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Sword and Sorceress XIX
edited by Marion Zimmer Bradley
DAW Books, 320 pages

Sword and Sorceress XIX
Marion Zimmer Bradley
Marion Zimmer Bradley was born in Albany, NY, on June 3, 1930, and married Robert Alden Bradley in 1949. Mrs Bradley received her B.A. in 1964 from Hardin Simmons University in Texas, then did graduate work at the University of California, Berkeley, from 1965-67. She sold her first professional story to Vortex Science Fiction in 1952, and has since written numerous novels, among them: Mists of Avalon, The Firebrand, and the Darkover series. She has been editing installments of Sword and Sorceress since 1984.

ISFDB Bibliography
SF Site Review: Sword and Sorceress XVI
SF Site Review: The Gratitude of Kings
SF Site Review: The Shadow Matrix
SF Site Review: Gravelight

Past Feature Reviews
A review by Rich Horton

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I will confess up front to having violated one of my usual good reviewer guidelines in selecting this book. Ordinarily I try to review books that are the sort of book I am likely to like. And the sort of fairly generic fantasy that Marion Zimmer Bradley has long featured in these books is not particularly to my taste. But on the other hand, I do try to read as much of the short fiction published in the field as I can, and my tastes are reasonably eclectic. If I can enjoy, as I did, Jo Walton's The King's Peace, a novel that certainly fits the parameters of Sword and Sorceress stories quite exactly (it being a fantasy with a heroine who is most definitely a swordswoman, and with other characters who are sorceresses), then I might hope to find in the present volume some stories that tickle my fancy.

Marion Zimmer Bradley died in 1999, but before her death she had selected enough stories to fill three more volumes of this long running anthology series, volumes XVIII through XX. Due to her declining health, she chose to make the last three volumes by invitation only -- any writer who had previously sold to any of her projects (which included Marion Zimmer Bradley's Fantasy Magazine and a number of Darkover anthologies as well as the Sword and Sorceress books) was invited to submit. Thus there are no first sales here -- something I admit I miss, as Bradley was very well known for encouraging new writers -- but there are quite a few stories by writers who have sold nothing but one or a few pieces to Bradley.

And how are the stories, overall? I found the book as a whole to be quite disappointing. The stories are mostly very short -- there are 25 stories in a book a bit more than 100,000 words long. Now there are plenty of outstanding stories at lengths less than 4,000 words, but in this case too many of the stories are sketches. Often, key details are baldly told, not shown. Often, the backstory is quickly sketched in, not developed. Often, the heroine's abilities are arbitrarily revealed, not in any sense organic or believable. Most of the pieces are competently assembled sentence by sentence, but too many are poorly structured scene by scene, or are unconvincing as to plot logic.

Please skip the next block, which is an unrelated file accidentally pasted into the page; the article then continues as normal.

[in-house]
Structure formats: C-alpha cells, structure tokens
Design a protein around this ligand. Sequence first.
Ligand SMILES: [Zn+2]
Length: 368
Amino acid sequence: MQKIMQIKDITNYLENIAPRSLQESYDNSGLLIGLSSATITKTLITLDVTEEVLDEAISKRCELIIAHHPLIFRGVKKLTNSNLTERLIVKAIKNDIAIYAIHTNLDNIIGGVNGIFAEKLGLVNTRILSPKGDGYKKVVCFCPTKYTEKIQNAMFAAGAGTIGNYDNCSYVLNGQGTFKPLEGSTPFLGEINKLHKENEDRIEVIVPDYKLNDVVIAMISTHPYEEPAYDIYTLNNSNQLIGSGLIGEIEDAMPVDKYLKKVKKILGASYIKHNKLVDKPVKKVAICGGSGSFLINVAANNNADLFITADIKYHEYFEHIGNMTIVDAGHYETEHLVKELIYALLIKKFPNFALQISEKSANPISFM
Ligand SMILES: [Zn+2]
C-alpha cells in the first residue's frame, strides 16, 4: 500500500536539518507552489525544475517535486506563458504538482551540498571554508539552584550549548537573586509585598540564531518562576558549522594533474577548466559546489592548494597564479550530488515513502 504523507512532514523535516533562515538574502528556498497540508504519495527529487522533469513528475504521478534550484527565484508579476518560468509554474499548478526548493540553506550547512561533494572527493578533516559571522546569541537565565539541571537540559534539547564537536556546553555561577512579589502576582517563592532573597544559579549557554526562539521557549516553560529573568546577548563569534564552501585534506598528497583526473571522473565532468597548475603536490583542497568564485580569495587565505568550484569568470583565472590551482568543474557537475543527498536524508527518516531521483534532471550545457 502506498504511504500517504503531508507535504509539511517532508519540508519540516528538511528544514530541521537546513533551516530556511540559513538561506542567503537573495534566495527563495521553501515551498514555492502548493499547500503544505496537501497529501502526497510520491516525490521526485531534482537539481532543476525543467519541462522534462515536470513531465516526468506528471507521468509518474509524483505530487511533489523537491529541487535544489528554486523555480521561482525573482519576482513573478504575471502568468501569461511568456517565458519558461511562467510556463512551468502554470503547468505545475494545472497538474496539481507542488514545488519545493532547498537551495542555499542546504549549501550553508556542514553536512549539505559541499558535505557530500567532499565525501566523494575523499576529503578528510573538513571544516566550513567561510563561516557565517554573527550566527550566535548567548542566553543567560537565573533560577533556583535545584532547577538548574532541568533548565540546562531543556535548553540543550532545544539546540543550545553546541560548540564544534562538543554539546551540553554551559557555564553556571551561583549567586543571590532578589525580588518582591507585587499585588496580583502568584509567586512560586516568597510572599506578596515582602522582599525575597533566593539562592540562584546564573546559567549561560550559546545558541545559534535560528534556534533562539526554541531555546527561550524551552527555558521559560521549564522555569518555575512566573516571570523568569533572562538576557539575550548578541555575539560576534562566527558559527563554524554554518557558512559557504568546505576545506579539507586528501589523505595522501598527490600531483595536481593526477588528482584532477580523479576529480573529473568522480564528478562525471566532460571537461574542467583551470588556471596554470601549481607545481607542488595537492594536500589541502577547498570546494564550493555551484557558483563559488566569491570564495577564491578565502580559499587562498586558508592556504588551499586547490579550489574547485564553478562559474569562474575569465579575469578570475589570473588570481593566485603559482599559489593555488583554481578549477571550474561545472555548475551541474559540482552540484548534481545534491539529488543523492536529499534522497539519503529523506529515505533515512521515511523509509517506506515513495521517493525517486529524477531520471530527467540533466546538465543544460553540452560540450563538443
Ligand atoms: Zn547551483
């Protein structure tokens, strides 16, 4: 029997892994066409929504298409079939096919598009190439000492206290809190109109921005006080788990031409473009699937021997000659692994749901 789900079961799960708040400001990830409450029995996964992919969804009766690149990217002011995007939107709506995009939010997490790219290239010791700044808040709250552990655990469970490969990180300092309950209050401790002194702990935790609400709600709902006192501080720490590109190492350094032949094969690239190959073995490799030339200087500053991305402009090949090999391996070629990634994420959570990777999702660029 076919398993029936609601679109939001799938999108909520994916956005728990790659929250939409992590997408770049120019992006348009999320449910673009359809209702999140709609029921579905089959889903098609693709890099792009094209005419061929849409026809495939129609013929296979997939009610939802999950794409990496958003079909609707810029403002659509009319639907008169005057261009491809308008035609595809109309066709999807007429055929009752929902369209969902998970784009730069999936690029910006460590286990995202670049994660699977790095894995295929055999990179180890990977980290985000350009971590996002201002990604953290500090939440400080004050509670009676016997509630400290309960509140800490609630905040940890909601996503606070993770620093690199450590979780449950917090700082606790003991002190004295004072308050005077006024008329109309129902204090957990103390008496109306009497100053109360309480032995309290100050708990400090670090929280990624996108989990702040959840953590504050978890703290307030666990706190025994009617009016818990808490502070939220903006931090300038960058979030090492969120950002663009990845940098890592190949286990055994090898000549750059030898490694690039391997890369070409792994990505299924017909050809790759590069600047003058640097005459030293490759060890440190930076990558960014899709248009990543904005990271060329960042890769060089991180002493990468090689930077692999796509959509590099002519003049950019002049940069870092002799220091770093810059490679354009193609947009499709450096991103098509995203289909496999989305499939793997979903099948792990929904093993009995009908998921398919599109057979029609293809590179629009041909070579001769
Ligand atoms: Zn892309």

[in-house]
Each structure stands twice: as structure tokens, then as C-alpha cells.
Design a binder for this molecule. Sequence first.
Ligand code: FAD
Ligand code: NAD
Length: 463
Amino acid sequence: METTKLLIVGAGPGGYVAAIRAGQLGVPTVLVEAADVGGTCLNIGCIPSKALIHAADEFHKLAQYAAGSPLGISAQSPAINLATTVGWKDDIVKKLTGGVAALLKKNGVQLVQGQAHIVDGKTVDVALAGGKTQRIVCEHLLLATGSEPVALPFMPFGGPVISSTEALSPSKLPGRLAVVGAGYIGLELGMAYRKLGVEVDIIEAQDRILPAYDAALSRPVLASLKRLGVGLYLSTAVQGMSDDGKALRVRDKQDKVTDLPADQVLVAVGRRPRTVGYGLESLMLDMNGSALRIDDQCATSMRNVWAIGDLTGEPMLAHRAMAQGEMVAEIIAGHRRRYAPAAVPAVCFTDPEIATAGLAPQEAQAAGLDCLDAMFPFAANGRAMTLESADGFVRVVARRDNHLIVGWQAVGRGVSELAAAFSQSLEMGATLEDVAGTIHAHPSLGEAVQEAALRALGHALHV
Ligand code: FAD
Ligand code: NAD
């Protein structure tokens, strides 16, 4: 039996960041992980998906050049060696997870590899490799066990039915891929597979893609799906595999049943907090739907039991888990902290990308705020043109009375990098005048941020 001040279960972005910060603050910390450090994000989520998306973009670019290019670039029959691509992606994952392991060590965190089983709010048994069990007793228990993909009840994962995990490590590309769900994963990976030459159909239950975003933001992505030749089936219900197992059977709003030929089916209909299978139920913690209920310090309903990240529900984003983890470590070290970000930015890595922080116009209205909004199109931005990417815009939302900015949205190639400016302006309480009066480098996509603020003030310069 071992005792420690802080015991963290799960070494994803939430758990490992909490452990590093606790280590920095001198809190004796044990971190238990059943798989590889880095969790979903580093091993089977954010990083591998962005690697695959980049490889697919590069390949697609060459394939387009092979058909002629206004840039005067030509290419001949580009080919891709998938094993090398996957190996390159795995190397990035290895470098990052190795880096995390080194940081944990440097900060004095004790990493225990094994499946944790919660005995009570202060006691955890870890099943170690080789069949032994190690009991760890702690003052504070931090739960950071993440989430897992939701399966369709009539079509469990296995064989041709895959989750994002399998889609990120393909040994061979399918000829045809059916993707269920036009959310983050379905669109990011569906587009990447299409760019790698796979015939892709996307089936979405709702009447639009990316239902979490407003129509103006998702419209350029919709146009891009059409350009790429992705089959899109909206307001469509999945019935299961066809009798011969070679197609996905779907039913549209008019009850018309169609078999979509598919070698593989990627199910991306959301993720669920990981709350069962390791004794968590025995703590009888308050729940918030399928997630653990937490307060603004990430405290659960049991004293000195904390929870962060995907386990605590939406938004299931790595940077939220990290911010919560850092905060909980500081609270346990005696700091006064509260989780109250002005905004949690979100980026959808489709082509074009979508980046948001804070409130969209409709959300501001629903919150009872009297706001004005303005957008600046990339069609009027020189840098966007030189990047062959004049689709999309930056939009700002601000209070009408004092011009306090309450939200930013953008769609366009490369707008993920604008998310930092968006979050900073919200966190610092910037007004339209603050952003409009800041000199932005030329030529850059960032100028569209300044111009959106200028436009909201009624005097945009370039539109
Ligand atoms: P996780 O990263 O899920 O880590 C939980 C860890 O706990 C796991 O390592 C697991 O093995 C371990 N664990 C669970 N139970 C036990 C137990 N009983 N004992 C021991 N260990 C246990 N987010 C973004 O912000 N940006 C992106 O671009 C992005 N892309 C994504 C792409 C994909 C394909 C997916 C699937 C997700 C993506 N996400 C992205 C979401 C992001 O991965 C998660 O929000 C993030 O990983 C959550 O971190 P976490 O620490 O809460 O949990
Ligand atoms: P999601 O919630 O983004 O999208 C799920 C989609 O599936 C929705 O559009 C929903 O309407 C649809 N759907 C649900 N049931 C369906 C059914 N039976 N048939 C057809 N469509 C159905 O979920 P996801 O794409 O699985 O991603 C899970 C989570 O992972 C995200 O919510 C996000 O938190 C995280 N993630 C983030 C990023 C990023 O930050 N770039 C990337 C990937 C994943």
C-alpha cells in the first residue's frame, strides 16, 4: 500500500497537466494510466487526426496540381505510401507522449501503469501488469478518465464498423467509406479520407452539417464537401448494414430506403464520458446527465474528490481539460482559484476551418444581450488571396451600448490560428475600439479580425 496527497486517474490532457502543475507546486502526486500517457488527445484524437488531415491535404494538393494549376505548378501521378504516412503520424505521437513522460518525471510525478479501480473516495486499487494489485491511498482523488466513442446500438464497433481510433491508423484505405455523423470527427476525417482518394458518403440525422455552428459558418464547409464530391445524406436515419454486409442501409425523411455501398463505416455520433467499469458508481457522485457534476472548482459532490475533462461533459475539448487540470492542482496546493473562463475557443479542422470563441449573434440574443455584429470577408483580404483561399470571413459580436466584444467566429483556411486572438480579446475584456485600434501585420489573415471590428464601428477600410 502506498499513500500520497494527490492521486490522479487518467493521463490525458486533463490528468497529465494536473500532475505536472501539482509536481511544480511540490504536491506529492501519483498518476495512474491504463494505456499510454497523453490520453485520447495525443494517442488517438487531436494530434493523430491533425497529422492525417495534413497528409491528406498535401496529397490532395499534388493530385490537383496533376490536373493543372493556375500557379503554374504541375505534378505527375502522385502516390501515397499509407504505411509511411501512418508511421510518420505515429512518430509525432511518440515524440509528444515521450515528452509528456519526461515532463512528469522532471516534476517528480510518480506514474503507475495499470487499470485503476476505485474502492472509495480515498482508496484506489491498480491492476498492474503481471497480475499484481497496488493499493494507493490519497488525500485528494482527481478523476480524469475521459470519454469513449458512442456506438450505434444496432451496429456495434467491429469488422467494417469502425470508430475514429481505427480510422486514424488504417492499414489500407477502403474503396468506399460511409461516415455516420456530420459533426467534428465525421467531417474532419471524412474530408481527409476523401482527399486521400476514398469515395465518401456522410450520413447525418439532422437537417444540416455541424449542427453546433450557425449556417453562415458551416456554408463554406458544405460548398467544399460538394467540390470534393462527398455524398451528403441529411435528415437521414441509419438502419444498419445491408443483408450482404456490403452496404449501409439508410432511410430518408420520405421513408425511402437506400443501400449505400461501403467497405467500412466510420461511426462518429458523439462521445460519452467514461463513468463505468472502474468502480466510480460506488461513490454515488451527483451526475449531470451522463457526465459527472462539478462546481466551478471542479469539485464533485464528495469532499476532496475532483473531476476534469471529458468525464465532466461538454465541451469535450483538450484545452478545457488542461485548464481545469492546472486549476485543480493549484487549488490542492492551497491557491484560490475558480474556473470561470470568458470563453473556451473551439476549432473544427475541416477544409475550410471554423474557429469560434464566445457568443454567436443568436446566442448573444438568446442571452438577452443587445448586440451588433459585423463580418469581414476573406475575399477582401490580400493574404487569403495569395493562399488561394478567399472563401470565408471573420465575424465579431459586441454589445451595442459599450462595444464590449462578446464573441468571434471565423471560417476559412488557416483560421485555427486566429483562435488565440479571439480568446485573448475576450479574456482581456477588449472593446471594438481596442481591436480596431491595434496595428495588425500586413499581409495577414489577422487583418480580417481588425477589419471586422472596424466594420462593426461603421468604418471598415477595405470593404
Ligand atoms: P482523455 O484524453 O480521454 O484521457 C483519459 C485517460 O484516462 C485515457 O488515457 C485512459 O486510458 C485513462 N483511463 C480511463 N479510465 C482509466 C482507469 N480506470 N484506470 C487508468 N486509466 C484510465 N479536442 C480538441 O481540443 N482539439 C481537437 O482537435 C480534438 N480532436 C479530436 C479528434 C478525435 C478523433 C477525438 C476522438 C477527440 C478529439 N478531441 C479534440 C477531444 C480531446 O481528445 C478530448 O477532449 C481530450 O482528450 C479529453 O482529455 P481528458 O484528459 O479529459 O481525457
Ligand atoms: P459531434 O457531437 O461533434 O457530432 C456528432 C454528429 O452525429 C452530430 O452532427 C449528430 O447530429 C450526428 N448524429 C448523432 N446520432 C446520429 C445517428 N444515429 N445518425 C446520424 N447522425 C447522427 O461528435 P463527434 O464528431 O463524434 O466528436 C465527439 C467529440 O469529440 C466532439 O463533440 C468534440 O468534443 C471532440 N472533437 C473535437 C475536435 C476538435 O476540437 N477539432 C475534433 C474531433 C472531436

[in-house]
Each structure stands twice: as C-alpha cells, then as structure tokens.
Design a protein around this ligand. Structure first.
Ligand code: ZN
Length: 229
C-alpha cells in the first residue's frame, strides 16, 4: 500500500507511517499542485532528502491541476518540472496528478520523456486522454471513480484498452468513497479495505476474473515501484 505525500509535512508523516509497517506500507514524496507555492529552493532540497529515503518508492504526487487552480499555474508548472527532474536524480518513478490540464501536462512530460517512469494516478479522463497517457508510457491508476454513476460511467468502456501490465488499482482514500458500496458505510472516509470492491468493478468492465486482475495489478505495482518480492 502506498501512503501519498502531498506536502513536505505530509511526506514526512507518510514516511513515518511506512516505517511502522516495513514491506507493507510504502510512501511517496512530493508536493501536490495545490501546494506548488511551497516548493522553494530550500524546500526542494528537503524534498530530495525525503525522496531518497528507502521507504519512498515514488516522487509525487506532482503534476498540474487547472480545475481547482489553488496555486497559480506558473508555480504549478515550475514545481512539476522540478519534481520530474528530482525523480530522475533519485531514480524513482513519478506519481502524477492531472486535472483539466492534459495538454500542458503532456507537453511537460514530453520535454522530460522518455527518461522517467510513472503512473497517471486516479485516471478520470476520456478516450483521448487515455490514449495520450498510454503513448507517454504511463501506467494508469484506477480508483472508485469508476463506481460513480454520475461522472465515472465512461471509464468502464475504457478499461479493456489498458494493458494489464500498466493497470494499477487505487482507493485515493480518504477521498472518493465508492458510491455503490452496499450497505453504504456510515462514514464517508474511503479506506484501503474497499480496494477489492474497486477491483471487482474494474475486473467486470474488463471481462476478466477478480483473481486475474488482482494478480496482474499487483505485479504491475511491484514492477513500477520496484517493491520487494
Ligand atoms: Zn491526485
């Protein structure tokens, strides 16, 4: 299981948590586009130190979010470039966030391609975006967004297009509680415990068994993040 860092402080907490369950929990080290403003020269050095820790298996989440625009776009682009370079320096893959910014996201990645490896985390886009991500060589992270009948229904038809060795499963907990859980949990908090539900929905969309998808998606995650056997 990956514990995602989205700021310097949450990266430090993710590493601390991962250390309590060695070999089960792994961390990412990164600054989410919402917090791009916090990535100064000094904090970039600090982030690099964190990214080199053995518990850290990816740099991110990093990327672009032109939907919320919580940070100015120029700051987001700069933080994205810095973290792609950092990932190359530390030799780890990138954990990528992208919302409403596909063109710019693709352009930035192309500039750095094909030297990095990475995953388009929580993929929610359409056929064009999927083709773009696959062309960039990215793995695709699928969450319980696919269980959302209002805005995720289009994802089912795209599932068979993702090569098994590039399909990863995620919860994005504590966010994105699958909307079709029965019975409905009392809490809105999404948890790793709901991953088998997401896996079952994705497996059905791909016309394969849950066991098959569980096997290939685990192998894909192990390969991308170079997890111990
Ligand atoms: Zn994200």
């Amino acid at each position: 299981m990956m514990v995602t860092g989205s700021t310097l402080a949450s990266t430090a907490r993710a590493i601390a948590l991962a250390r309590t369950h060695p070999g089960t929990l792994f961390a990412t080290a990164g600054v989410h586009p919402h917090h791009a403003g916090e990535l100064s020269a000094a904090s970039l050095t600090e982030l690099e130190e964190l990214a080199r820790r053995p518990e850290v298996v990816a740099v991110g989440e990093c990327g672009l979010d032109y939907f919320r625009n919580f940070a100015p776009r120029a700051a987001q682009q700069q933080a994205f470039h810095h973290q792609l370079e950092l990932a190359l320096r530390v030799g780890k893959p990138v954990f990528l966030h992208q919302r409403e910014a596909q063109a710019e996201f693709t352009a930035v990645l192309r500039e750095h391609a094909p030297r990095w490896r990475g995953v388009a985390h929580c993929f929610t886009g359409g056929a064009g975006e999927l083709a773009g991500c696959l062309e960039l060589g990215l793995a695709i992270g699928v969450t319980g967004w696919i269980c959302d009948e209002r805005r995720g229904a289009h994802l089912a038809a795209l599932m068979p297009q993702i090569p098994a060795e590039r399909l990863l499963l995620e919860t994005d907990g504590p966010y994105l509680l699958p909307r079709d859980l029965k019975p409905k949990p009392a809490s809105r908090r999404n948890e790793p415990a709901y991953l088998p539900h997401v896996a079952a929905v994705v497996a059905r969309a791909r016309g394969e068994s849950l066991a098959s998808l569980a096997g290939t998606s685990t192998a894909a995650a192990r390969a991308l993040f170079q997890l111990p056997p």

I'll mention a few of the better pieces. Dorothy J. Heydt has been assembling a sort of mosaic novel about her character Cynthia with short stories in many of these Sword and Sorceress books. They are set in the ancient Mediterranean, and the Greek gods are real characters. "Lord of the Earth" has Cynthia travelling to Corinth, and there encountering Poseidon in a bad mood. Two stories use very similar twists involving magical familiars, though they are otherwise quite different: both were light and enjoyable: "Familiars" by Michael H. Payne, set at a magic school with a squirrel as the familiar; and "All too Familiar" by P. Andrew Miller, in which a hedge witch inherits a variety of familiars whose wizards and witches have been killed by an evil sorcerer. Laura J. Underwood's "The Curse of Ardal Glen" is a bit darker than most of these stories, about a town which has had to sacrifice a young woman to a mysterious smith every seven years for decades. Dorothy J. Heydt's daughter Meg Heydt contributes "Openings", which I liked for its engaging main character and her slightly unexpected talent. Esther Friesner is usually reliable, and her story, "Grain", is solid entertainment, about a girl apprenticed to a brewer woman, who encounters a goddess with a god problem. And the longest story included, Michael Spence's "Pride, Prejudice, and Paranoia", has an engaging set of characters (students at a magic school) and a nice setup (the heroine's husband has failed his exams, apparently because of magic interference), which make it a nice read, though the ending is rather a mess.

So the book isn't entirely a loss, but it is disappointing. I think Bradley had rigid ideas about story structure, and about story content, and her editing projects suffer from including too many stories that read too similarly, and from being too forgiving of competently written stories which fit her template but which have no fire -- no originality -- no special reason to make one want to read them. If you've been reading these books with enjoyment all along, this one will probably satisfy, though I don't think it's as good as some of the earlier volumes. Otherwise, I can't really recommend the book.

Copyright © 2002 Rich Horton

Rich Horton is an eclectic reader in and out of the SF and fantasy genres. He's been reading SF since before the Golden Age (that is, since before he was 13). Born in Naperville, IL, he lives and works (as a Software Engineer for the proverbial Major Aerospace Company) in St. Louis area and is a regular contributor to Tangent. Stop by his website at http://www.sff.net/people/richard.horton.


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